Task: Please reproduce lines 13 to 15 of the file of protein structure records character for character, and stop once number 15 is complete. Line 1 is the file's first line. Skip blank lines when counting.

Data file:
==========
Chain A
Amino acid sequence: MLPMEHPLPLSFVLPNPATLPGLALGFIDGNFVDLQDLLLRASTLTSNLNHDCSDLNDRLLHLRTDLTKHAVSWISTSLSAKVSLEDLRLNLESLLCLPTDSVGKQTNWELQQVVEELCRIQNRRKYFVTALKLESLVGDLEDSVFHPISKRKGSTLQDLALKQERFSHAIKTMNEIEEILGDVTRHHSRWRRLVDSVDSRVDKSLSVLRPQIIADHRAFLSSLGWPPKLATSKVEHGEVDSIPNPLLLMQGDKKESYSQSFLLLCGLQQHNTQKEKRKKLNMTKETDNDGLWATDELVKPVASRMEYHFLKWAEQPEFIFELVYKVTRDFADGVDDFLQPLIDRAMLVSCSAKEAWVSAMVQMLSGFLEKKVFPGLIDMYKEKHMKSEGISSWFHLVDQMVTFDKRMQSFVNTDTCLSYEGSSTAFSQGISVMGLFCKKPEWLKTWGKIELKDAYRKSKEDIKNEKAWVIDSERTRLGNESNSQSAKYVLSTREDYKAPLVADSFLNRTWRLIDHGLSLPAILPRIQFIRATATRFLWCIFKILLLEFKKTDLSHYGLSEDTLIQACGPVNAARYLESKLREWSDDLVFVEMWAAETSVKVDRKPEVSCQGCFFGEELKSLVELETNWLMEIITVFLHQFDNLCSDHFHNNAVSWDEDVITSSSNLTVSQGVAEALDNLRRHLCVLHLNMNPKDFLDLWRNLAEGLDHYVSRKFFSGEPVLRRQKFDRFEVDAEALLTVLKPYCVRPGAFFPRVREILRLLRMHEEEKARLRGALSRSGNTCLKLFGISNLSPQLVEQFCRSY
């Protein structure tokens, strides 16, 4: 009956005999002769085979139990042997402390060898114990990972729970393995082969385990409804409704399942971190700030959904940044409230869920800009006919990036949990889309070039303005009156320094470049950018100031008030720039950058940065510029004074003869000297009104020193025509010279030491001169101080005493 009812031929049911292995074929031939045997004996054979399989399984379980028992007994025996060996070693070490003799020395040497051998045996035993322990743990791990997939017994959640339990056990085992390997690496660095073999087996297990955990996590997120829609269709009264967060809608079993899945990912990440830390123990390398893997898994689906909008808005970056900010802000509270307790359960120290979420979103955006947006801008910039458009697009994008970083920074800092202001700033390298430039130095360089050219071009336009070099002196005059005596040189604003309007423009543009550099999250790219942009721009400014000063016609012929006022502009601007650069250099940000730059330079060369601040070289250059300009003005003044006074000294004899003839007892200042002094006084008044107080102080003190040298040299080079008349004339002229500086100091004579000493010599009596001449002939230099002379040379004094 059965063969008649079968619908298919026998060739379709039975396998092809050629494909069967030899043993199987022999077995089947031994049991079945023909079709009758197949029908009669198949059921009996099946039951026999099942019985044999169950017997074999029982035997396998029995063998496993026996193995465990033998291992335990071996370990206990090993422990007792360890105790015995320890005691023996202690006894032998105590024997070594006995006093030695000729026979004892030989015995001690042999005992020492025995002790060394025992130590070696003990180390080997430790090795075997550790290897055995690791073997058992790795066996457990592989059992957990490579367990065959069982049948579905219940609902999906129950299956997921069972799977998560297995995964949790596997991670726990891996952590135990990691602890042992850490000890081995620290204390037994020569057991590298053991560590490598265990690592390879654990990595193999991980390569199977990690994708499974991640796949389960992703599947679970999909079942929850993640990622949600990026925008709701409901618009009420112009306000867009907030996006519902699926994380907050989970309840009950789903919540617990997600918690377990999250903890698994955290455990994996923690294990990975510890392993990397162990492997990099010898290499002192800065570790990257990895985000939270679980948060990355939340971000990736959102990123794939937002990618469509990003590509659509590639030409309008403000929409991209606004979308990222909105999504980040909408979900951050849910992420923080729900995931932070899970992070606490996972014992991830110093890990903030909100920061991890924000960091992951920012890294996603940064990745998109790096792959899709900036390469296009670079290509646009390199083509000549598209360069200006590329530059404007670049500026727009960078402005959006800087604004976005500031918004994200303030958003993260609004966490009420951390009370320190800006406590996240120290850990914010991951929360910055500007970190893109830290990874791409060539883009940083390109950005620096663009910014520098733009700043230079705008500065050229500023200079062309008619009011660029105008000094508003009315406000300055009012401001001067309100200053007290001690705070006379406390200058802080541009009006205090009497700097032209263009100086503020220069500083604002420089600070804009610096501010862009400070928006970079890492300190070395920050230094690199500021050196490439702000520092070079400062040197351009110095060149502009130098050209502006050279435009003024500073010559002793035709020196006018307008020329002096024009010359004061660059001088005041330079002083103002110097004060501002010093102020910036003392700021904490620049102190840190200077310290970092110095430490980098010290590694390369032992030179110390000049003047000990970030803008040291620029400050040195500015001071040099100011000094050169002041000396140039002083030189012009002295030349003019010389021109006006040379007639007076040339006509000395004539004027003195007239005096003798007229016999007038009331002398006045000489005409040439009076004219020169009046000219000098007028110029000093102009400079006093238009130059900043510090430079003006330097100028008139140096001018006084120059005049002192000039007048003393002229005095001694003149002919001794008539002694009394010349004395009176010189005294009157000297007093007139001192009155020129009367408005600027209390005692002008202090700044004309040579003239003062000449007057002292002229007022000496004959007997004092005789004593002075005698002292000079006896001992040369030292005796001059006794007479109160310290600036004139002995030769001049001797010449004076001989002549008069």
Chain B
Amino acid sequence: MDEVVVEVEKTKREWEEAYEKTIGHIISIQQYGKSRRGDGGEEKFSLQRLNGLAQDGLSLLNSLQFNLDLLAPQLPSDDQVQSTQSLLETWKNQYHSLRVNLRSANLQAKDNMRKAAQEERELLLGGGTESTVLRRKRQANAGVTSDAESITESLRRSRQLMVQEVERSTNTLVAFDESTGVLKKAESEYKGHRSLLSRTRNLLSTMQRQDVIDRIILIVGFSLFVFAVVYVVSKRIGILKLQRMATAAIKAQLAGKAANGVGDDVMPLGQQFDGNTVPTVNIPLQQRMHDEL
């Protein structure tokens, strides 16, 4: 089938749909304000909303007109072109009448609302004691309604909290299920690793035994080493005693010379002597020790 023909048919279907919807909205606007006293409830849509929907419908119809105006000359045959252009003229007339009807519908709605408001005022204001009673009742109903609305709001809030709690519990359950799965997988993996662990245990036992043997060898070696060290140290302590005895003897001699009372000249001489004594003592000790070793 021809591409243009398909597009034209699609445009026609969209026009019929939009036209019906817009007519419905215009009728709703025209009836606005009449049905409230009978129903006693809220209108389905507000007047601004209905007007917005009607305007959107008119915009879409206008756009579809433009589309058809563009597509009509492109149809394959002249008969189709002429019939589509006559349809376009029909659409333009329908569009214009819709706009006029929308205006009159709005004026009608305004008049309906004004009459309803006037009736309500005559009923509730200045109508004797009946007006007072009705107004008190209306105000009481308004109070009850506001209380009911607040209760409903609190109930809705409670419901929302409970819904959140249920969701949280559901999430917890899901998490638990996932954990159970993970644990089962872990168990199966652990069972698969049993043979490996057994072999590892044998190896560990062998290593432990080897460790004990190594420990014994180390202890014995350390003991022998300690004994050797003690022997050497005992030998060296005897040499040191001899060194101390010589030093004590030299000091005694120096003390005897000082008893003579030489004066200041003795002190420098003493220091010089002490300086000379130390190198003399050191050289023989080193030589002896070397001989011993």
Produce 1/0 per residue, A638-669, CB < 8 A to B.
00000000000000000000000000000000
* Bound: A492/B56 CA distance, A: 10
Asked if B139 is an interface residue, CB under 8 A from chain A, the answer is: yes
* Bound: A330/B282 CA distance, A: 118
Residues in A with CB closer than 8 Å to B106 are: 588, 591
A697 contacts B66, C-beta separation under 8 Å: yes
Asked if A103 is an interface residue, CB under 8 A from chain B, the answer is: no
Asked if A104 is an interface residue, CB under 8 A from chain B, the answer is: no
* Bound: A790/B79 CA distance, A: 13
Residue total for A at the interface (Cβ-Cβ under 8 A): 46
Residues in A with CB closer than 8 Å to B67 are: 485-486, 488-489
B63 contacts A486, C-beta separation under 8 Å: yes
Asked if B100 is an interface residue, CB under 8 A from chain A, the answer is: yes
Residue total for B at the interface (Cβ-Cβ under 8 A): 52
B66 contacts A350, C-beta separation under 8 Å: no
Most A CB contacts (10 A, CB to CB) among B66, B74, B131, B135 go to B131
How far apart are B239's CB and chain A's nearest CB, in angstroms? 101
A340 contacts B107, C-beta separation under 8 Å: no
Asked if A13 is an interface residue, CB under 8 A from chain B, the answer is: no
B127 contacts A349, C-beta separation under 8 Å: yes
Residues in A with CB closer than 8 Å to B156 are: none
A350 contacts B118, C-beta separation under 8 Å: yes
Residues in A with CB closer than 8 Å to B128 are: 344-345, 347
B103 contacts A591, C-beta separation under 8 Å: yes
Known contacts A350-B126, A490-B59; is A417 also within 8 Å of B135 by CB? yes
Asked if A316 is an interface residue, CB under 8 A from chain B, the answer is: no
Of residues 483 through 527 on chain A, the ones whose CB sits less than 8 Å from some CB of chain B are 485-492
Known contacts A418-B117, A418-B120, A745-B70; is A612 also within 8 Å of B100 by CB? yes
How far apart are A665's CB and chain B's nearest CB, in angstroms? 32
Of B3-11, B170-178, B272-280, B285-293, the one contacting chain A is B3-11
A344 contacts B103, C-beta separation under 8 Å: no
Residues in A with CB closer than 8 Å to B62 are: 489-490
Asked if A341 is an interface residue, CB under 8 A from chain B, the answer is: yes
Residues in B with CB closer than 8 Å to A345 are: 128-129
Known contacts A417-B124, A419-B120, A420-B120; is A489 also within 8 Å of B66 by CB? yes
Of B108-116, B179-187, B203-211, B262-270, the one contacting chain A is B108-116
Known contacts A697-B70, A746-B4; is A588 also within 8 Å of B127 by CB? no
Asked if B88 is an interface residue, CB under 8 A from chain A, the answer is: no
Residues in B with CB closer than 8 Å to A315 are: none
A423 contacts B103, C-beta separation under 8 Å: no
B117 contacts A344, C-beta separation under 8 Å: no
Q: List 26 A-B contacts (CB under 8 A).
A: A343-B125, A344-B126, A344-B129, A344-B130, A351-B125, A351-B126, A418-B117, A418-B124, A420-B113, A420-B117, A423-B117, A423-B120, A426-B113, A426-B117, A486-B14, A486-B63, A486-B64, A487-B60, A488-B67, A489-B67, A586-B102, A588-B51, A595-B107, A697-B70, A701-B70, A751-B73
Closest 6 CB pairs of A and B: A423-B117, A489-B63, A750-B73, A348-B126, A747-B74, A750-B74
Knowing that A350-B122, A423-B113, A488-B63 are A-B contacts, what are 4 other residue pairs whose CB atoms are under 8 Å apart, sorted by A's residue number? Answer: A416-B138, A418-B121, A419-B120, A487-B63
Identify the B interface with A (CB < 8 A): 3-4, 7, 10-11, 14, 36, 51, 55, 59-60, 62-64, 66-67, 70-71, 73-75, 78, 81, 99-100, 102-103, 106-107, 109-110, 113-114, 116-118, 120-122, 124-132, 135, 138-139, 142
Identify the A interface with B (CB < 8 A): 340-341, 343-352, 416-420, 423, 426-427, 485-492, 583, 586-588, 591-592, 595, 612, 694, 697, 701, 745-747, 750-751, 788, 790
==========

A697 contacts B66, C-beta separation under 8 Å: yes
Asked if A103 is an interface residue, CB under 8 A from chain B, the answer is: no
Asked if A104 is an interface residue, CB under 8 A from chain B, the answer is: no